or hematoma-like fields of anemones.
And the world he lived in will die too; and the word
which carried to his ears and his heart his world's psalms.
The winter man has known winter-winter, from which
sprung winter-spring followed by winter-summer. Now
is the end of winter-fall, November's nadir,
the final time. Cellars have been looted. Apples,
stored in attics, have turned to tender rot. But death,
to reach him, needs to force her violent way in him.
Let us all praise today Saint Emma Bovary.


She needs him to violently wish for their wedding.
She needs his helping hand to touch him, the whetted
sickle he swung in winter-July's fields to reap
winter wheat. All he built must now be razed and wrecked,
so that the spring man may convey May's certitudes
to his April people. The winter man reclines
on his bed and agrees. He becomes violent:
the willing man at the most violet hour
of death. He tramps upon his favorite crocuses
and mercilessly kills his kind and kin and self,
saying: “Violence is the imago of change!
Let us all praise today Saint Emma Bovary.”


From chaos to ideas of chaos, to idols,
to the idle ennui of idolization,
to destruction: the mind is a simple machine.
Though its poems are not. Illustration:
                                                         you said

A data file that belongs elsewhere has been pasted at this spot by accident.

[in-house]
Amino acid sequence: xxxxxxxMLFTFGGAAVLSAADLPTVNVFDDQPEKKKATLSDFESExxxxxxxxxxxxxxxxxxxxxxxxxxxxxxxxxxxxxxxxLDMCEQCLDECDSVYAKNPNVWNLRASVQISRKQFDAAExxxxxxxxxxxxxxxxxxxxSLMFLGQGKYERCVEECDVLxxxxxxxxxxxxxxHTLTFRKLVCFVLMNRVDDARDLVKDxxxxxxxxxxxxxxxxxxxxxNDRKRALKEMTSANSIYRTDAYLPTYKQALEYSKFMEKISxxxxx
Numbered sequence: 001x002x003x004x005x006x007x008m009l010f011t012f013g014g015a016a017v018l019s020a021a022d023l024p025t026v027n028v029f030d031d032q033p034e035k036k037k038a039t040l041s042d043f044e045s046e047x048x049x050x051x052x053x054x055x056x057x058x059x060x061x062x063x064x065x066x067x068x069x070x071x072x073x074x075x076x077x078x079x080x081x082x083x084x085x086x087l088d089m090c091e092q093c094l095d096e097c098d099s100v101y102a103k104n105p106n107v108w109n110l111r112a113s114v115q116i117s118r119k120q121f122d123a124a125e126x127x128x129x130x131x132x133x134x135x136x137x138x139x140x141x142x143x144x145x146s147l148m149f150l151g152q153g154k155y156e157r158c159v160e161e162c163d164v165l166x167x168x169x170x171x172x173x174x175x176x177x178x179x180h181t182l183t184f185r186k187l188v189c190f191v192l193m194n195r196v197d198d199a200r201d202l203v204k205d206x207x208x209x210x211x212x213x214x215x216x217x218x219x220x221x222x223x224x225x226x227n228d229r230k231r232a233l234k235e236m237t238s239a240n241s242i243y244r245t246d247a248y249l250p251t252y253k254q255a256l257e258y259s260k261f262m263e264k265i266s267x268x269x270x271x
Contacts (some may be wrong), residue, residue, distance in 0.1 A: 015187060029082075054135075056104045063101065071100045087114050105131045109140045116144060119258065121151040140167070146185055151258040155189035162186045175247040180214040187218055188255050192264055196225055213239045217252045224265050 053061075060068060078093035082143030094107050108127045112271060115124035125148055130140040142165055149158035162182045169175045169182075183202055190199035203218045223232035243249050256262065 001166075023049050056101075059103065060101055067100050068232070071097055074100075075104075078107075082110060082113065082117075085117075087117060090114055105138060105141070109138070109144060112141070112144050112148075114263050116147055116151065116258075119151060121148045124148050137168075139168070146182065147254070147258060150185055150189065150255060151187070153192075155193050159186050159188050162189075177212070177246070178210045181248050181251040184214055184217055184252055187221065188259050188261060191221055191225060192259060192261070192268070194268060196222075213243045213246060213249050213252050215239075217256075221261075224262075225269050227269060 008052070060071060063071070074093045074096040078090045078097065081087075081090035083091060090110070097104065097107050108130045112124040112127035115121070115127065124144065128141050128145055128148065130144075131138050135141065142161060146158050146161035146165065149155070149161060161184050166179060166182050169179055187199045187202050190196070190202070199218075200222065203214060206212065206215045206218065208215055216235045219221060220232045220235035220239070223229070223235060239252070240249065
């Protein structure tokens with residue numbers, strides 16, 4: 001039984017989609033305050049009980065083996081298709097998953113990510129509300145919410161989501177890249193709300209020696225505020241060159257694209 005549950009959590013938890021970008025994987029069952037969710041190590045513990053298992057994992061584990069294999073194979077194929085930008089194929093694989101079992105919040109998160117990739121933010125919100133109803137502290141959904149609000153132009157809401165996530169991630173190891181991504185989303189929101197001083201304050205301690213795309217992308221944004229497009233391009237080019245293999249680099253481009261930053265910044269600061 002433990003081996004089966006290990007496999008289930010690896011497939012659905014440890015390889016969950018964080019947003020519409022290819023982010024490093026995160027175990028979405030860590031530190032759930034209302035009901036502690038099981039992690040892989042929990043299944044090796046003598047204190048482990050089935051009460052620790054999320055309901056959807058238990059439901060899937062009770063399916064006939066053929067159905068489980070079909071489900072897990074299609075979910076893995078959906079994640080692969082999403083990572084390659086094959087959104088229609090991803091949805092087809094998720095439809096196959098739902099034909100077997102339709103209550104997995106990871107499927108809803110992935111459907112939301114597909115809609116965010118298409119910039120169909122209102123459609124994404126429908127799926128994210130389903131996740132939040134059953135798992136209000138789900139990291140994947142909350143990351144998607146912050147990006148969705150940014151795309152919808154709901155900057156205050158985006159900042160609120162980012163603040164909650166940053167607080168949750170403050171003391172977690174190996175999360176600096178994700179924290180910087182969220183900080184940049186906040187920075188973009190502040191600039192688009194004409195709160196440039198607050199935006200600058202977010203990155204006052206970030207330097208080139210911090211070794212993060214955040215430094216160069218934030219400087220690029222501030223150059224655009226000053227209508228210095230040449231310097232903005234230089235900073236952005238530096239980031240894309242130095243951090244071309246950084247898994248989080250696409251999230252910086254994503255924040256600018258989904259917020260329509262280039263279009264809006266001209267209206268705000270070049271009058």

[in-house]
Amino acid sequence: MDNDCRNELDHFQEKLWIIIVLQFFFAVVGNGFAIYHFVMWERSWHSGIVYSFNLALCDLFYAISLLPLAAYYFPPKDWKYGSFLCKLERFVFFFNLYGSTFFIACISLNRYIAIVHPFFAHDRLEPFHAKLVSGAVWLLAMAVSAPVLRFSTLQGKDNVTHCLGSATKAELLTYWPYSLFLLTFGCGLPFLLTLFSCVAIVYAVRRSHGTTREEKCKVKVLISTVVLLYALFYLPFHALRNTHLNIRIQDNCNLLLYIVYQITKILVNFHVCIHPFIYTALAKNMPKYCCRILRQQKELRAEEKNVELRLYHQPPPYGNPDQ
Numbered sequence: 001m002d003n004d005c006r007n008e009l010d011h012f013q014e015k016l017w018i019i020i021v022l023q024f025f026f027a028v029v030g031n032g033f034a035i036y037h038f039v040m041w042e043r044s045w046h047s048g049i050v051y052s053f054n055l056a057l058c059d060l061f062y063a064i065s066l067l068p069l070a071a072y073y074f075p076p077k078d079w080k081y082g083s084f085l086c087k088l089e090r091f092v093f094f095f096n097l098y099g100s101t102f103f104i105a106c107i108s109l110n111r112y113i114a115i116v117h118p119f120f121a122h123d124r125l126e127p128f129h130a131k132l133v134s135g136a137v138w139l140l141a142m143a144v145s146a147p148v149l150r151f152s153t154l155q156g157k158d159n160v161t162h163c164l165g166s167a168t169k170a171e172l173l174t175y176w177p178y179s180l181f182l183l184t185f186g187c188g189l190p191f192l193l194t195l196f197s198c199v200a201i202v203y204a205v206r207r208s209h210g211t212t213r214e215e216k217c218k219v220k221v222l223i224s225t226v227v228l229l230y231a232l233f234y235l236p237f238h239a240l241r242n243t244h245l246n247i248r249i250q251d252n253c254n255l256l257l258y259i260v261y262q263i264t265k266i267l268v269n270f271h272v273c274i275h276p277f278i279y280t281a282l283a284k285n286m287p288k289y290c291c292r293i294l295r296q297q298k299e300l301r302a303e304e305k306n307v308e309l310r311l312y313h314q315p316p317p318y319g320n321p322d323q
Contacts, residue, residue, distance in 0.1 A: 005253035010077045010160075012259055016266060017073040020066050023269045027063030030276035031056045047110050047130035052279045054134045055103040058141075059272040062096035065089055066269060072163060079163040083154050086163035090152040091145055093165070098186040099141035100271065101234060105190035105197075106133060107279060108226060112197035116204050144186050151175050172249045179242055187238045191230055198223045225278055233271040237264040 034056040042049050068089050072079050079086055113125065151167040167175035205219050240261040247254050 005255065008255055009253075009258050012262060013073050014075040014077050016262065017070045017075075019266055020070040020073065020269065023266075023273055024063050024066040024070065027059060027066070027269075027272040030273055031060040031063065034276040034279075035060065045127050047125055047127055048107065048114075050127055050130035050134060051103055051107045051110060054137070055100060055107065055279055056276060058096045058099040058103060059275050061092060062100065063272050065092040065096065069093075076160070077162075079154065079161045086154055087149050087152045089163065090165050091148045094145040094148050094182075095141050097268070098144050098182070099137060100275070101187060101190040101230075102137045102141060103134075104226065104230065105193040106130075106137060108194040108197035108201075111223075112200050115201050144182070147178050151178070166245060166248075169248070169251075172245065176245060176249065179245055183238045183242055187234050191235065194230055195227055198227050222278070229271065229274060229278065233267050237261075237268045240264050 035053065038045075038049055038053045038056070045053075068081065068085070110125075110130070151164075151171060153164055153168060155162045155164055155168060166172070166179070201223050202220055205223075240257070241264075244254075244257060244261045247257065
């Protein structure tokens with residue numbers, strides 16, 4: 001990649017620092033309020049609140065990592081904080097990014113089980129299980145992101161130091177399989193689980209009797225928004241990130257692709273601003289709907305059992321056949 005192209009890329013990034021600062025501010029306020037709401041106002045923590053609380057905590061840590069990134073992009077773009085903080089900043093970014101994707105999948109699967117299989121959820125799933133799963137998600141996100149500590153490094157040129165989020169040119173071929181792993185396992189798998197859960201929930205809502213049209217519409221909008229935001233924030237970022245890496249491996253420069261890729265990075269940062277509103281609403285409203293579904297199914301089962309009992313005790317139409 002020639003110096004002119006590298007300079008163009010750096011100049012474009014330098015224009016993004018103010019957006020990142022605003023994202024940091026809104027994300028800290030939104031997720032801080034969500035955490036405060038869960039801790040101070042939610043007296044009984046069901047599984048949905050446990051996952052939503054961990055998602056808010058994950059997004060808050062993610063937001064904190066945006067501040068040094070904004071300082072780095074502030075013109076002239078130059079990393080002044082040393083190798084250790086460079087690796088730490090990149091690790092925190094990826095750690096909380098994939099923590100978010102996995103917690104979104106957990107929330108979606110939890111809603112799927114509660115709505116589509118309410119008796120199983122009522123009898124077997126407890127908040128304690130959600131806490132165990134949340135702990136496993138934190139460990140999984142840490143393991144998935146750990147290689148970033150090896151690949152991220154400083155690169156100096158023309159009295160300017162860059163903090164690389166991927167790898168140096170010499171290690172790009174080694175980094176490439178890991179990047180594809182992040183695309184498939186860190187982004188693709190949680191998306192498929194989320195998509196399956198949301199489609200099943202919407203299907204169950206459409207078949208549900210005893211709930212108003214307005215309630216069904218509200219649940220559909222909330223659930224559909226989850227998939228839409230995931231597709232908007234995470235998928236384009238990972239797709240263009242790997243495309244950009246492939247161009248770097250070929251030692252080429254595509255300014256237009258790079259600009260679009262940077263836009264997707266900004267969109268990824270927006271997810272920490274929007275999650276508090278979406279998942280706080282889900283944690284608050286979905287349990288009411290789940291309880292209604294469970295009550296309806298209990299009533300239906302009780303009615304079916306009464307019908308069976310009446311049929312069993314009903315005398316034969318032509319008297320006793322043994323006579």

that, where I saw a pear, you saw a mandolin.
We sat down and described our differences
of perception, and thus gave birth to a third world
where pear's pizzicati composed fall's serenade.
It was a perfect world for there we were perfect,
propounders of its soil and soluble sunsets,
gods of the land playing d'Anjou and Bartlet lutes;
bearing it and yet born from its mythology.
Let us all praise today Saint Emma Bovary.


But all mythologies are genealogies:
fastidious recordings of necessary falls;
X begot Y, and Z begot a human race,
whence comes Mr. Johnson in his dark three-piece suit,
the simple man, who lives in simple suburbia
built on the emplacement of faded Olympia.
For him pear and mandolin are facts, not accords,
not fabulous music heard in Eden's festhalls,
but quantities. The canons of Messrs. Johnson
are canons of the world as it grows worldlier,
as the mind grows colder than its own inventions